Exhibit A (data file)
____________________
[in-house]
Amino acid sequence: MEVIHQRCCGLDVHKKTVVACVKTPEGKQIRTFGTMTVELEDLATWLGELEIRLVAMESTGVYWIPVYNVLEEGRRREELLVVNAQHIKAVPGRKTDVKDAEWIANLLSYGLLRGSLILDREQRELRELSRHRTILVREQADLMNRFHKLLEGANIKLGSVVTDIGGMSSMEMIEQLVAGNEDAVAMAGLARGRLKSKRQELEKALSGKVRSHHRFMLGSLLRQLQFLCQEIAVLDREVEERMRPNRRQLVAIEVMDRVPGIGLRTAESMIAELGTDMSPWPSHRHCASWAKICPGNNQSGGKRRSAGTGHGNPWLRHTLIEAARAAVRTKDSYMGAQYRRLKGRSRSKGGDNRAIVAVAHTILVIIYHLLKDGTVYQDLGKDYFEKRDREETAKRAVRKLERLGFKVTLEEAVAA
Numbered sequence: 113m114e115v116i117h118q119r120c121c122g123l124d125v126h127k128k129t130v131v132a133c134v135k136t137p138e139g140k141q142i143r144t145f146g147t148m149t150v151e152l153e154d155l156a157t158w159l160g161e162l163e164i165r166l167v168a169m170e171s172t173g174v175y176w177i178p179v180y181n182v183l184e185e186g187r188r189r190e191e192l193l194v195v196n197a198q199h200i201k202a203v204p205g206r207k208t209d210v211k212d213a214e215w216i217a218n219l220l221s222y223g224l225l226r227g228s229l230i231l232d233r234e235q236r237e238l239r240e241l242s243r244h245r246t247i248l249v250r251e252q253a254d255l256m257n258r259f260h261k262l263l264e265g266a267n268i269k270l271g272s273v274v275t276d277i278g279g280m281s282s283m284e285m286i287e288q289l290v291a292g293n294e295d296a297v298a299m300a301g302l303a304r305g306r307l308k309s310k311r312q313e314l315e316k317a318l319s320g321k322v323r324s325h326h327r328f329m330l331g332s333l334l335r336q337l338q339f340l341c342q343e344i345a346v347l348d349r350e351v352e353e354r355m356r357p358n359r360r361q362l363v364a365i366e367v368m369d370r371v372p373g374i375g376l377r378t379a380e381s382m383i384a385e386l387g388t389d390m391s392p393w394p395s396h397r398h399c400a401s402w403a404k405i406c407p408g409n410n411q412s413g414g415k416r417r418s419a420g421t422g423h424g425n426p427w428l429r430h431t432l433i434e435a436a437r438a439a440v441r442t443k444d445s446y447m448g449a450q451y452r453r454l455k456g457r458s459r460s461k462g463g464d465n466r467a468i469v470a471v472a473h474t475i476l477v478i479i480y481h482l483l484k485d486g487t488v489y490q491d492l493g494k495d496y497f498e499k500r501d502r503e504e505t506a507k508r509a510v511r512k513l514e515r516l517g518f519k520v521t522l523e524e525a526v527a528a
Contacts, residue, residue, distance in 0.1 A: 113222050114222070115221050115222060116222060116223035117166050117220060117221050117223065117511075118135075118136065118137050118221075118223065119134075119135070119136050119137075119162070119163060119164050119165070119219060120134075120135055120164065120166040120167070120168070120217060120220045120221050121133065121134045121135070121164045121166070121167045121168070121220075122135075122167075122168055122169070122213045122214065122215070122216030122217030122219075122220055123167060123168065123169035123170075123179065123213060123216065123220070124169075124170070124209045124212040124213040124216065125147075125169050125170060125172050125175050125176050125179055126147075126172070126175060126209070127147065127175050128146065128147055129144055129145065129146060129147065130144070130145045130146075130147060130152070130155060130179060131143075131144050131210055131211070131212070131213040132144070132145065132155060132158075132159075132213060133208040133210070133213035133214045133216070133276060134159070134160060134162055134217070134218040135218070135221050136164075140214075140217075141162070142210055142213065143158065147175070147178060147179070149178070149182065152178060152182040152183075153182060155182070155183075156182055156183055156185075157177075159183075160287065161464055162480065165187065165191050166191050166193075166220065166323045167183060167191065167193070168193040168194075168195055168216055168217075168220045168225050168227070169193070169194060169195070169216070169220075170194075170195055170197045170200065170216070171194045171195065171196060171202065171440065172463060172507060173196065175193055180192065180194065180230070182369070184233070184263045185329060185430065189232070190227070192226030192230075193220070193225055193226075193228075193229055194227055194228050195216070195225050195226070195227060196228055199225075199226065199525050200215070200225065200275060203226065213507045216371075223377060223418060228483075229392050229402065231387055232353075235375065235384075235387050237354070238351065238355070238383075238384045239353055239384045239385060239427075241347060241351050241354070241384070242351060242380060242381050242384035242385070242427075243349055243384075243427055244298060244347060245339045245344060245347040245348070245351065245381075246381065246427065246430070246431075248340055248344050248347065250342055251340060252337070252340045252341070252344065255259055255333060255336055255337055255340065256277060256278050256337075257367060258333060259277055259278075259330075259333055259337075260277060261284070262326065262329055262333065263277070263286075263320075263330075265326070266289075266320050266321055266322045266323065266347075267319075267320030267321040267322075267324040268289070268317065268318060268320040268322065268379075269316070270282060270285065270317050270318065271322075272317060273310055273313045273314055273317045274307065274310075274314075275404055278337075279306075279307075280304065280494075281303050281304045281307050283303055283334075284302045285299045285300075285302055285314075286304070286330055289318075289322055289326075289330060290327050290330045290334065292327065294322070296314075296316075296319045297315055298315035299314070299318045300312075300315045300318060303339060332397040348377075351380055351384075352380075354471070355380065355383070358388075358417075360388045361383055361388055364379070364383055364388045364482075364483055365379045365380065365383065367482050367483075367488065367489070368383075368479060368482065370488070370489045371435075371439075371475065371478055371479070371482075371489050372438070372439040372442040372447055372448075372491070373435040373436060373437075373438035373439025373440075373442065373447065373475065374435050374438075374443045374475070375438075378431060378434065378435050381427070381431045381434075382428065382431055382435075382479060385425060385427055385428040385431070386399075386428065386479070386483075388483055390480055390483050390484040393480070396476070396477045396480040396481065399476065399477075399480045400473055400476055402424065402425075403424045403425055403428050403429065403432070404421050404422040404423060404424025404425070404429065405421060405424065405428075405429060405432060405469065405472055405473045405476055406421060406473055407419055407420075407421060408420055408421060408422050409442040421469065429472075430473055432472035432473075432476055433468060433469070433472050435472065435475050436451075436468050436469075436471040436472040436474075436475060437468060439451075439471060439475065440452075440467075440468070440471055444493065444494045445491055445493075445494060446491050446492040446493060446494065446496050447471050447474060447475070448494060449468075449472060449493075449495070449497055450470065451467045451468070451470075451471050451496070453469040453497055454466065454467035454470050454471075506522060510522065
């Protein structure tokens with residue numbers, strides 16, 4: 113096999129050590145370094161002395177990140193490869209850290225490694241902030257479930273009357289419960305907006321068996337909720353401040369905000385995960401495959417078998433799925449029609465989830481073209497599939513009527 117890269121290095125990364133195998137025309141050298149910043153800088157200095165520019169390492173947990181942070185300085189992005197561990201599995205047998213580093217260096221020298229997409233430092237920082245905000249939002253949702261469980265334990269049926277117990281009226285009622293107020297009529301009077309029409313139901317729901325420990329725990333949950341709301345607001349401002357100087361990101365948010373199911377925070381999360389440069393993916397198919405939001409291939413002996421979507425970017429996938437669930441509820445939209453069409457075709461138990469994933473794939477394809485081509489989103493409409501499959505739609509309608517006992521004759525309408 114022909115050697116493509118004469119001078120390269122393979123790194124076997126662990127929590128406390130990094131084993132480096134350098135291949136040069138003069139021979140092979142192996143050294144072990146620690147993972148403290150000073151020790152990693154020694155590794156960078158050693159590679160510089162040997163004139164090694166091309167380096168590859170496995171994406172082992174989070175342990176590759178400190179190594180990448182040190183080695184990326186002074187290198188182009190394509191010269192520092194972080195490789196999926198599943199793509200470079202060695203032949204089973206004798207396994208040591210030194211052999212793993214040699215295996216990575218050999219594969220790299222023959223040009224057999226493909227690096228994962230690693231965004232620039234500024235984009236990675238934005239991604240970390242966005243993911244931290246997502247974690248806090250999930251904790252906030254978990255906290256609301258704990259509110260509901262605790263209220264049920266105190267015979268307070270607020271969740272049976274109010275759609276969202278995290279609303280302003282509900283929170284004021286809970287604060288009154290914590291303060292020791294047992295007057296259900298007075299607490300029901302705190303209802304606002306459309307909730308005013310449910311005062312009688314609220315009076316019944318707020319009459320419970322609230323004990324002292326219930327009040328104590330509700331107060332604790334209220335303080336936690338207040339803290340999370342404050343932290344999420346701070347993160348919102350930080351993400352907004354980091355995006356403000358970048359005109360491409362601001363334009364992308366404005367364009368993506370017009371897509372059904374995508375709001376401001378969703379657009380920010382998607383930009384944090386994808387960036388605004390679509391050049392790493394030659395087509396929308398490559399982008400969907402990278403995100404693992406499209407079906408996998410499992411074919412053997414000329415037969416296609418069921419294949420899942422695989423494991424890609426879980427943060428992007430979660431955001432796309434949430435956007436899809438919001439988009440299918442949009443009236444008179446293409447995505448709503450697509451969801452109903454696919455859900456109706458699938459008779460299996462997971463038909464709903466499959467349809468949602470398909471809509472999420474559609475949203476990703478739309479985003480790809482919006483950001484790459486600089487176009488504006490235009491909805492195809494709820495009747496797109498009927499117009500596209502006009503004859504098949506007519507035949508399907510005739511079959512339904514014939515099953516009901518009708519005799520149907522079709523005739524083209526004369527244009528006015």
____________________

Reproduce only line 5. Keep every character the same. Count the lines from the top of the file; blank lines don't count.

């Protein structure tokens with residue numbers, strides 16, 4: 113096999129050590145370094161002395177990140193490869209850290225490694241902030257479930273009357289419960305907006321068996337909720353401040369905000385995960401495959417078998433799925449029609465989830481073209497599939513009527 117890269121290095125990364133195998137025309141050298149910043153800088157200095165520019169390492173947990181942070185300085189992005197561990201599995205047998213580093217260096221020298229997409233430092237920082245905000249939002253949702261469980265334990269049926277117990281009226285009622293107020297009529301009077309029409313139901317729901325420990329725990333949950341709301345607001349401002357100087361990101365948010373199911377925070381999360389440069393993916397198919405939001409291939413002996421979507425970017429996938437669930441509820445939209453069409457075709461138990469994933473794939477394809485081509489989103493409409501499959505739609509309608517006992521004759525309408 114022909115050697116493509118004469119001078120390269122393979123790194124076997126662990127929590128406390130990094131084993132480096134350098135291949136040069138003069139021979140092979142192996143050294144072990146620690147993972148403290150000073151020790152990693154020694155590794156960078158050693159590679160510089162040997163004139164090694166091309167380096168590859170496995171994406172082992174989070175342990176590759178400190179190594180990448182040190183080695184990326186002074187290198188182009190394509191010269192520092194972080195490789196999926198599943199793509200470079202060695203032949204089973206004798207396994208040591210030194211052999212793993214040699215295996216990575218050999219594969220790299222023959223040009224057999226493909227690096228994962230690693231965004232620039234500024235984009236990675238934005239991604240970390242966005243993911244931290246997502247974690248806090250999930251904790252906030254978990255906290256609301258704990259509110260509901262605790263209220264049920266105190267015979268307070270607020271969740272049976274109010275759609276969202278995290279609303280302003282509900283929170284004021286809970287604060288009154290914590291303060292020791294047992295007057296259900298007075299607490300029901302705190303209802304606002306459309307909730308005013310449910311005062312009688314609220315009076316019944318707020319009459320419970322609230323004990324002292326219930327009040328104590330509700331107060332604790334209220335303080336936690338207040339803290340999370342404050343932290344999420346701070347993160348919102350930080351993400352907004354980091355995006356403000358970048359005109360491409362601001363334009364992308366404005367364009368993506370017009371897509372059904374995508375709001376401001378969703379657009380920010382998607383930009384944090386994808387960036388605004390679509391050049392790493394030659395087509396929308398490559399982008400969907402990278403995100404693992406499209407079906408996998410499992411074919412053997414000329415037969416296609418069921419294949420899942422695989423494991424890609426879980427943060428992007430979660431955001432796309434949430435956007436899809438919001439988009440299918442949009443009236444008179446293409447995505448709503450697509451969801452109903454696919455859900456109706458699938459008779460299996462997971463038909464709903466499959467349809468949602470398909471809509472999420474559609475949203476990703478739309479985003480790809482919006483950001484790459486600089487176009488504006490235009491909805492195809494709820495009747496797109498009927499117009500596209502006009503004859504098949506007519507035949508399907510005739511079959512339904514014939515099953516009901518009708519005799520149907522079709523005739524083209526004369527244009528006015």